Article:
This kind of action is a complete waste of time and effort! Surely, the index Google serves in Europe simply filters this story out, yet the story persists.
I suppose Google has to be seen to be complying with the law in Europe.
This morning the BBC received the following notification from Google:
"Notice of removal from Google Search: we regret to inform you that we are no longer able to show the following pages from your website in response to certain searches on European versions of Google: [bbc.co.uk...]
What it means is that a blog I wrote in 2007 will no longer be findable when searching on Google in Europe.
However, the article in question isn’t hidden from Google for most of the key search terms – it transpires that it’s only when the name of someone who posted a comment is used in the search, is the article obscured. In other words, the request to ‘hide’ the article wasn’t made by Stan O’Neal or even Merrill Lynch itself, but from a member of the public who didn’t want their name showing up against this article in search results.
After widespread criticism, Google has begun reinstating some links it had earlier removed under the controversial "right to be forgotten" ruling. Articles posted online by the Guardian newspaper were removed earlier this week, but have now returned fully to the search engine.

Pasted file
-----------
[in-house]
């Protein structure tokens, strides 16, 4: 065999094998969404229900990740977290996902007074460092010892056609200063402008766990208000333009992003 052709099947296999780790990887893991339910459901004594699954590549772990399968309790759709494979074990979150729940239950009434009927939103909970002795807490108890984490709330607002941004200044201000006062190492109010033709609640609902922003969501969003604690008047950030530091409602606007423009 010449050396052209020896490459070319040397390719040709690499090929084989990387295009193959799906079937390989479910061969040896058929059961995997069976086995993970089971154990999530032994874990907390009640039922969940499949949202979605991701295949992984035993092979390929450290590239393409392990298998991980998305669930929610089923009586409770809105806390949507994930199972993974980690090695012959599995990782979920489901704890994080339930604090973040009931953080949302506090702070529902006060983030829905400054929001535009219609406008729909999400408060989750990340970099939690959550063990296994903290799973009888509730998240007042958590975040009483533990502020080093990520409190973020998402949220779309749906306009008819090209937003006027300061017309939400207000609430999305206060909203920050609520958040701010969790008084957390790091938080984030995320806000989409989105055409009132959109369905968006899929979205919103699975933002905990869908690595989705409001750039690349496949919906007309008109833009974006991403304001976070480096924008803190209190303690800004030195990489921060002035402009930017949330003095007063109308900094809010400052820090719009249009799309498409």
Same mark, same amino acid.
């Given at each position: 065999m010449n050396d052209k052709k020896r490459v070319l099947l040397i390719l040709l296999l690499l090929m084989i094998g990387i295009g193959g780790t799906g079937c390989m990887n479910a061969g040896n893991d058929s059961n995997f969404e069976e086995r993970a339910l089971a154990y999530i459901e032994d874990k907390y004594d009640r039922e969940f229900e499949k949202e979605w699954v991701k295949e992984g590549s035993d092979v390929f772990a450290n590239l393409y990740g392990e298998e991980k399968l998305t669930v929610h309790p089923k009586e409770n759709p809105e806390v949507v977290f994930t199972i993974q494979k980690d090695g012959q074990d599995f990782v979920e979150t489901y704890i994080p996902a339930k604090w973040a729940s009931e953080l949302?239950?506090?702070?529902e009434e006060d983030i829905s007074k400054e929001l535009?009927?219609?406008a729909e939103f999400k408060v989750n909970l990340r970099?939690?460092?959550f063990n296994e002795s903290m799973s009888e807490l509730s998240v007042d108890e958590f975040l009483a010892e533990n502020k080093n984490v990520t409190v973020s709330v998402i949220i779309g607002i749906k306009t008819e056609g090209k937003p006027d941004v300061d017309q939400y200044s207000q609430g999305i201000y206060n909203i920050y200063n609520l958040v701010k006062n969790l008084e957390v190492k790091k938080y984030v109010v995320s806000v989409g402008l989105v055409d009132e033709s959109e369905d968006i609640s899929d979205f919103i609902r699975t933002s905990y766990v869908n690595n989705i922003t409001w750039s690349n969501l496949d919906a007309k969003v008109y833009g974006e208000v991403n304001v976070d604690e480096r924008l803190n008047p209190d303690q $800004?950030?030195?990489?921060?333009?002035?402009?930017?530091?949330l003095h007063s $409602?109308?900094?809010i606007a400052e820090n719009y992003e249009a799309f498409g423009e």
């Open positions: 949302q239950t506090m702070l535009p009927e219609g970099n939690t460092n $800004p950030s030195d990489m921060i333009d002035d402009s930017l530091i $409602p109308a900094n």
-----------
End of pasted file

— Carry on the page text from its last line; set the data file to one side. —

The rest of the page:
Msg#: 4684853 posted 6:08 am on Jul 9, 2014 (gmt 0)
EU reputation management is now a good bit easier.
Yes and no. It could turn into a nightmare. There's an article by Danny Sullivan that caught my attention, which suggests that Google's implementation of this could make a searcher wonder whether anyone whose name is searched for might be covering something up. The article is...
Why Everyone In The EU May Look Like They’ve Made A "Right To Be Forgotten" Request In Google Jul 1, 2014 at 4:00am ET by Danny Sullivan [searchengineland.com...]
In the article, Danny quotes a paragraph from Google's FAQ on the topic...
FAQ - Privacy and Terms How are you implementing the recent Court of Justice of the European Union (CJEU) decision on the right to be forgotten? [google.co.uk...]
Quoting from the FAQ, my emphasis added...
When you search for a name, you may see a notice that says that results may have been modified in accordance with data protection law in Europe. We’re showing this notice in Europe when a user searches for most names, not just pages that have been affected by a removal.
As Danny notes, this leaves the question of who requested the removal unanswered, which is the goal of the law... but also indicates that results have been censored, which is Google's stance on the matter.